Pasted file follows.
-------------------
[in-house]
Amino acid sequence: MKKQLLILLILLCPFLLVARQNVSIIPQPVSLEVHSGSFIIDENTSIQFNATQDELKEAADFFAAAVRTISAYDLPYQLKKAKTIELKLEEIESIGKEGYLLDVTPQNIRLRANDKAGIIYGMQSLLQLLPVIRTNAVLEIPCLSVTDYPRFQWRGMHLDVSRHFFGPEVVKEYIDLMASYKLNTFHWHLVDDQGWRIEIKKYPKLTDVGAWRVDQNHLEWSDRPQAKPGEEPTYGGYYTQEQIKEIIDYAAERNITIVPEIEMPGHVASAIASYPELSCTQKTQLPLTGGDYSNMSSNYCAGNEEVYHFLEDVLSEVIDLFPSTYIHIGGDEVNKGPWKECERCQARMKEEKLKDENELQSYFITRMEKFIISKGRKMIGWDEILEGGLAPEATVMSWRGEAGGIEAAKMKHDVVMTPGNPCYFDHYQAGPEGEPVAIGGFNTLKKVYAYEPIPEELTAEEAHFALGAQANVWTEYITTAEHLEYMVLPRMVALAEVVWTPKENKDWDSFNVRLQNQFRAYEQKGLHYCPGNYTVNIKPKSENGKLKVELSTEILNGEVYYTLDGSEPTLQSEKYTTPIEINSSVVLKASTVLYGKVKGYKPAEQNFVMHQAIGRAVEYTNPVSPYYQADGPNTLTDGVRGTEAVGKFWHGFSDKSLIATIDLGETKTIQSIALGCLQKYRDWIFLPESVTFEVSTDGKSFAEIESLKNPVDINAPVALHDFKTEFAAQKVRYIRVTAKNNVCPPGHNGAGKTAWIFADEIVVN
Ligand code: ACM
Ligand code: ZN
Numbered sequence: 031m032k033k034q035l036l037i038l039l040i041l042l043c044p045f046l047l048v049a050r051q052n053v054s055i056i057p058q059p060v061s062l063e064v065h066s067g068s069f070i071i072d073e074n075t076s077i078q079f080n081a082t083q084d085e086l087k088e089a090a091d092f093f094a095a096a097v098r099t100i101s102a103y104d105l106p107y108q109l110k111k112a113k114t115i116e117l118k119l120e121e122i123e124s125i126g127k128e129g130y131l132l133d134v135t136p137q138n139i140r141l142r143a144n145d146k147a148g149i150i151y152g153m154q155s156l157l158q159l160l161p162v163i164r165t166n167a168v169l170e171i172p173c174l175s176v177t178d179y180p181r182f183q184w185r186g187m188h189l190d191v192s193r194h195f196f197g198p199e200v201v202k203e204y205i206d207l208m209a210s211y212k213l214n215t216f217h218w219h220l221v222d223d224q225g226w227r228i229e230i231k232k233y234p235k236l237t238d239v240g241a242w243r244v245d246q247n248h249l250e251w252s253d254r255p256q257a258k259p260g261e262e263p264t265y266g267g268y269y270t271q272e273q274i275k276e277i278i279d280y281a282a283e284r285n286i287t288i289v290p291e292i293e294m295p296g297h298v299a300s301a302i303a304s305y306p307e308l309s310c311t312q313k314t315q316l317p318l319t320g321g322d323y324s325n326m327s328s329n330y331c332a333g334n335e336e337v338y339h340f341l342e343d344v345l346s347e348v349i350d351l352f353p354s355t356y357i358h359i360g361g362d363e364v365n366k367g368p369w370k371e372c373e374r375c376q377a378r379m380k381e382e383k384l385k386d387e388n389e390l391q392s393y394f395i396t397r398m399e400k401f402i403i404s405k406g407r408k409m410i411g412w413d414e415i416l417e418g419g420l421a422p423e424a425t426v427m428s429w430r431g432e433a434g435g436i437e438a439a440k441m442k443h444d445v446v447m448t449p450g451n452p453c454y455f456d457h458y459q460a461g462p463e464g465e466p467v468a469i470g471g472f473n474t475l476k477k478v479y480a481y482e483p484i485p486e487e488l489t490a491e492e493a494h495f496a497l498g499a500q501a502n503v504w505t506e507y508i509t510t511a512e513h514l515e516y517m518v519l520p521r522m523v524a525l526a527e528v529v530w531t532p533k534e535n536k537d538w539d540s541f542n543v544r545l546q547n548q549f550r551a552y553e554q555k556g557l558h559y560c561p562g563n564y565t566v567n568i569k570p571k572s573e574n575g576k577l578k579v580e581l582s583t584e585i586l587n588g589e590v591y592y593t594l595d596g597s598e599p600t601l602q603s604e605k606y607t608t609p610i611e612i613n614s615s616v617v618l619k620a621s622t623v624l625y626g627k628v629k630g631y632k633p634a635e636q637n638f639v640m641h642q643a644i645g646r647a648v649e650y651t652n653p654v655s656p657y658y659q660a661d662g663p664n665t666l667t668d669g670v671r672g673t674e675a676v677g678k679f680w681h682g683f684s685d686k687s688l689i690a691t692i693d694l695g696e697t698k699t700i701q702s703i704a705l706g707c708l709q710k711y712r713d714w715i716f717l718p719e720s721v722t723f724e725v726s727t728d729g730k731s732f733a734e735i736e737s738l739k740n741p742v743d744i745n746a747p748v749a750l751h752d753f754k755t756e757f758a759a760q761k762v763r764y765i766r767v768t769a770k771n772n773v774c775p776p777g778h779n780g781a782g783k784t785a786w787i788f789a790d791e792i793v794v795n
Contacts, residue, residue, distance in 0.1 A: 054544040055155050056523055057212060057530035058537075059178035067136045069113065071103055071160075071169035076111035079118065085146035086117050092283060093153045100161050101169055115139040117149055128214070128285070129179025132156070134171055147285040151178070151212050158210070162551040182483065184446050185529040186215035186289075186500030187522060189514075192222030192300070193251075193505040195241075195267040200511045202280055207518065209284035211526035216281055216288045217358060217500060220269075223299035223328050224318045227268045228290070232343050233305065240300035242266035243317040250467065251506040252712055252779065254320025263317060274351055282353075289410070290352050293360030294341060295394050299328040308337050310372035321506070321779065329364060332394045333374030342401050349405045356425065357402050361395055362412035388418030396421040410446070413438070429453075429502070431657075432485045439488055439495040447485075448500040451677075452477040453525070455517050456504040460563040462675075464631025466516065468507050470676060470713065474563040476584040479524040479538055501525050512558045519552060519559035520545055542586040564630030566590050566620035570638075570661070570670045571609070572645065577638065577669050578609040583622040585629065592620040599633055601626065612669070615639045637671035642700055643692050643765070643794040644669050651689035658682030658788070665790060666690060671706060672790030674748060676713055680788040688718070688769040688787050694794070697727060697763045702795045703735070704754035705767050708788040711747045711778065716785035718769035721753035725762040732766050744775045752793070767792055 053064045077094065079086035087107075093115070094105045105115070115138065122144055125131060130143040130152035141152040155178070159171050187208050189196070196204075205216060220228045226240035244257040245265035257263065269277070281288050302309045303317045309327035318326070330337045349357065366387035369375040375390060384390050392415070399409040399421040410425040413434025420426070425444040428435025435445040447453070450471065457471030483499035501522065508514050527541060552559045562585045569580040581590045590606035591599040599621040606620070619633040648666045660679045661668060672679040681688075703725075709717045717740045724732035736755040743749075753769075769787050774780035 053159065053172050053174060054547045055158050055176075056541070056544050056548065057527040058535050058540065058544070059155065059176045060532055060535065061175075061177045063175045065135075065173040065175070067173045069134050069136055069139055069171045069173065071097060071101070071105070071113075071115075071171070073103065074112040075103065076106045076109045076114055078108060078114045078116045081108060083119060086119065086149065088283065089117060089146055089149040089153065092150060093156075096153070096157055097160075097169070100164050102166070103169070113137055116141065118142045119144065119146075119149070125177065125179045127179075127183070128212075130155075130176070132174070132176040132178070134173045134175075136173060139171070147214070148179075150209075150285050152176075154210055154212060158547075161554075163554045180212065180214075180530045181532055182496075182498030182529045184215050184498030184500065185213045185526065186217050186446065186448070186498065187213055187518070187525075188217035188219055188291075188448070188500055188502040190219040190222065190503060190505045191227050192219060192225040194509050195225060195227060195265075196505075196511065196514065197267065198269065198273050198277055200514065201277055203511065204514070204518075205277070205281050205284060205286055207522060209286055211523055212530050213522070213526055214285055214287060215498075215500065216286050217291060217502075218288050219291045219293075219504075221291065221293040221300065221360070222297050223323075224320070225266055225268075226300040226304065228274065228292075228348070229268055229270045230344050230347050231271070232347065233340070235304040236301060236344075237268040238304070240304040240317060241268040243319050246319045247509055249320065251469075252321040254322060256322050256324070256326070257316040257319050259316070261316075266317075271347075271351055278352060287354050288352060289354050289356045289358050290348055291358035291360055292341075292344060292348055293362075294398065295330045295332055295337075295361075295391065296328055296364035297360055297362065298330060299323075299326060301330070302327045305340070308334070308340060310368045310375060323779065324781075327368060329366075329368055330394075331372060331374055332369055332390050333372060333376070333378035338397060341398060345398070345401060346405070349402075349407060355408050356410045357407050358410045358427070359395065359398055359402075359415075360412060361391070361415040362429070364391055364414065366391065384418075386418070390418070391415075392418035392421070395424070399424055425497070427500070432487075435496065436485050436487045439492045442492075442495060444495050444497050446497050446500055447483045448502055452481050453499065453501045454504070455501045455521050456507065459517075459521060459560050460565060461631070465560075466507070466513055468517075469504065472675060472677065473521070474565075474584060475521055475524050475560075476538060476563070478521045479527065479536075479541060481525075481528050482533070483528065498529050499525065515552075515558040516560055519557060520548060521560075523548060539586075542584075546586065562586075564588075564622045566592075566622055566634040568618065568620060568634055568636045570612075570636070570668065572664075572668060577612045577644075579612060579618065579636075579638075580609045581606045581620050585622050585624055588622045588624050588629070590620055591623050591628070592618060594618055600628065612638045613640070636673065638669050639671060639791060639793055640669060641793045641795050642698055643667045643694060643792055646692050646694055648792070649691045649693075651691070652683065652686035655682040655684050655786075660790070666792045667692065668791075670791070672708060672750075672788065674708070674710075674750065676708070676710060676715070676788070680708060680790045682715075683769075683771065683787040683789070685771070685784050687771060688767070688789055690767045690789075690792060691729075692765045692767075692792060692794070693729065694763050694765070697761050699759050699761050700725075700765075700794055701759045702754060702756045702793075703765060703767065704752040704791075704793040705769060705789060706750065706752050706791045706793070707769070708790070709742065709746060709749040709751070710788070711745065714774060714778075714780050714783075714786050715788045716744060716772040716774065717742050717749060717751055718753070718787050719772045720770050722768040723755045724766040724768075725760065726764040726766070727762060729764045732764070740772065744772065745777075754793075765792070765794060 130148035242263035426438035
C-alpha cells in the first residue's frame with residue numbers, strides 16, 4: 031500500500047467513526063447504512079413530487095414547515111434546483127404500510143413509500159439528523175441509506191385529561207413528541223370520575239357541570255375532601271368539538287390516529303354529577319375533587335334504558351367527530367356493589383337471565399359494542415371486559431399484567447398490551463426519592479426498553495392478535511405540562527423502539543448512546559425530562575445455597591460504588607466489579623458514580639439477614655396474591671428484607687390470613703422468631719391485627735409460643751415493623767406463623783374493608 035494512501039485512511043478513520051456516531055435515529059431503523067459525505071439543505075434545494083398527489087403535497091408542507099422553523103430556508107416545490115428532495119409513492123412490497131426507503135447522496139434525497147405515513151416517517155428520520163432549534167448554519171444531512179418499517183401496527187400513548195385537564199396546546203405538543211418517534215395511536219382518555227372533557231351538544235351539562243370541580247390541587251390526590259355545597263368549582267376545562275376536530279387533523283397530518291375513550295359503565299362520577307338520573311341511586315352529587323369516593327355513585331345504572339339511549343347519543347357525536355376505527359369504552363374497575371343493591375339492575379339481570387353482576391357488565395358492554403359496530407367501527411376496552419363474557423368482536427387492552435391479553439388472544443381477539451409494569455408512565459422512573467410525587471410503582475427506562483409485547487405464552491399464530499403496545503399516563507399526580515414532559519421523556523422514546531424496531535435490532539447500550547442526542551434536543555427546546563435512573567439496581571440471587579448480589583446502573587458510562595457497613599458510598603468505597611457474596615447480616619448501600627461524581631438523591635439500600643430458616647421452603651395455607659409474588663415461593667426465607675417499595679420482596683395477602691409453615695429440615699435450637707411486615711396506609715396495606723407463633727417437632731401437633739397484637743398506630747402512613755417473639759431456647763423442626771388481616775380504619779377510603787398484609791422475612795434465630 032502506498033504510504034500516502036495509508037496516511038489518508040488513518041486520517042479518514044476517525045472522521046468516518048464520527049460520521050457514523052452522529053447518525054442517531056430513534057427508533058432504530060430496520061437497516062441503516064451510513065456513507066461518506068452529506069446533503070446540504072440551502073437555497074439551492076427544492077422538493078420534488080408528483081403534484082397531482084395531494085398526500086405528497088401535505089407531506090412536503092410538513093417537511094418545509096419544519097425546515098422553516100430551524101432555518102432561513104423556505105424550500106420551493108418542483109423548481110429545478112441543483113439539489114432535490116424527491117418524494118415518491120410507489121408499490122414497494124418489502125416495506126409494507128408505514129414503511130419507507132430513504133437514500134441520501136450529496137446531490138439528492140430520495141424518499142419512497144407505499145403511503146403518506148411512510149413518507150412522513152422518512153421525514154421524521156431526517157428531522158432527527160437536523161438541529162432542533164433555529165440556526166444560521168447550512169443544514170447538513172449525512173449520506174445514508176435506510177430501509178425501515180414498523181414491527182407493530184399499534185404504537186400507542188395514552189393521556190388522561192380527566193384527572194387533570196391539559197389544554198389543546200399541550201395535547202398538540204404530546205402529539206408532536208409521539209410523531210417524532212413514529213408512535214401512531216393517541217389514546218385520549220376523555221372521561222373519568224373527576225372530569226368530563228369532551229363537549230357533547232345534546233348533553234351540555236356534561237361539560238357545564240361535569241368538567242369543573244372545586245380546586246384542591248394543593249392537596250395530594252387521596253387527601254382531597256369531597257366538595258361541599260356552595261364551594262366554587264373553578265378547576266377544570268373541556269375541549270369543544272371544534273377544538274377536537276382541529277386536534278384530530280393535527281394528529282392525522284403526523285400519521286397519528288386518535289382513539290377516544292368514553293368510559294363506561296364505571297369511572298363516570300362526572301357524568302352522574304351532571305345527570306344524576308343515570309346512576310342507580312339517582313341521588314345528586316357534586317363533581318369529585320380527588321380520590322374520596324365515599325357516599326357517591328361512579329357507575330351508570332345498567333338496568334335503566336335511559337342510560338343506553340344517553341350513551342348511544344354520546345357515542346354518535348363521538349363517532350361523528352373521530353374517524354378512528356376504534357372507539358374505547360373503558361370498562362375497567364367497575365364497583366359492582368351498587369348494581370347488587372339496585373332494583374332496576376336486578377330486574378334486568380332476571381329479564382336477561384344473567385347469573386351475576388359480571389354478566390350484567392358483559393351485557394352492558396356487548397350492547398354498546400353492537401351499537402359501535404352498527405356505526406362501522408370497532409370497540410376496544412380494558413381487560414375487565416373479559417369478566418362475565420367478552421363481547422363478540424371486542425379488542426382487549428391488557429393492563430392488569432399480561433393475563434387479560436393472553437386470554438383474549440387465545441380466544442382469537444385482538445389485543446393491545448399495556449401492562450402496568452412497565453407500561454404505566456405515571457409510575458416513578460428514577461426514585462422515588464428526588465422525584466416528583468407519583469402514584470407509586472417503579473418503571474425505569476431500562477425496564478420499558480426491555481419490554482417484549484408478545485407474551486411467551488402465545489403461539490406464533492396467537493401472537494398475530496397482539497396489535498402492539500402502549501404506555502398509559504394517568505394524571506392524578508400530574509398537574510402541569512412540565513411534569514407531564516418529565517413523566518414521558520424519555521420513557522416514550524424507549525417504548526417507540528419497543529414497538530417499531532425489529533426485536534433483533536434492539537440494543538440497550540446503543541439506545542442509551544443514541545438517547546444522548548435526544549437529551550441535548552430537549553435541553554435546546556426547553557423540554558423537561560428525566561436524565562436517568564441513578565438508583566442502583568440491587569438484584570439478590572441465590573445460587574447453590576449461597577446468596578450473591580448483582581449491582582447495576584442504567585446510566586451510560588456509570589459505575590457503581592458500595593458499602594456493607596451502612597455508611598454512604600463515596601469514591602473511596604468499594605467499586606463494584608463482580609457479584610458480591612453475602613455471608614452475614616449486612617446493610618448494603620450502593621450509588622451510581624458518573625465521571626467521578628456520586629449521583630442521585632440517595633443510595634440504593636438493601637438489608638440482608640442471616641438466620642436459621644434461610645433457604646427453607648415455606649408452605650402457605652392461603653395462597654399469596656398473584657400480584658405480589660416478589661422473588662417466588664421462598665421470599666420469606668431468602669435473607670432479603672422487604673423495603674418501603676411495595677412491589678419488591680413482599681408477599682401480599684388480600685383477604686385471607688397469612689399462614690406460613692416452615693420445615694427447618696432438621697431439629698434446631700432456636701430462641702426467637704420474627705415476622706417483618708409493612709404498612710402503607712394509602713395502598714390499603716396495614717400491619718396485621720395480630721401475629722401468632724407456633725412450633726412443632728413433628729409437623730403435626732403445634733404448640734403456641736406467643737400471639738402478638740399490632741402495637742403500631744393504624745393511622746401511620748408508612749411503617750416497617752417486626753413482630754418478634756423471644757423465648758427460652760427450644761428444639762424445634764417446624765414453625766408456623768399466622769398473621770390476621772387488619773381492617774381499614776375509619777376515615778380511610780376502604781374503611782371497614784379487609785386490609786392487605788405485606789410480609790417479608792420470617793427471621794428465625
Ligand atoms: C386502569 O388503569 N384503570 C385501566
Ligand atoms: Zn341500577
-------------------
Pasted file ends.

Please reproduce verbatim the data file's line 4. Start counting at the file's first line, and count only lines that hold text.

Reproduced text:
Ligand code: ZN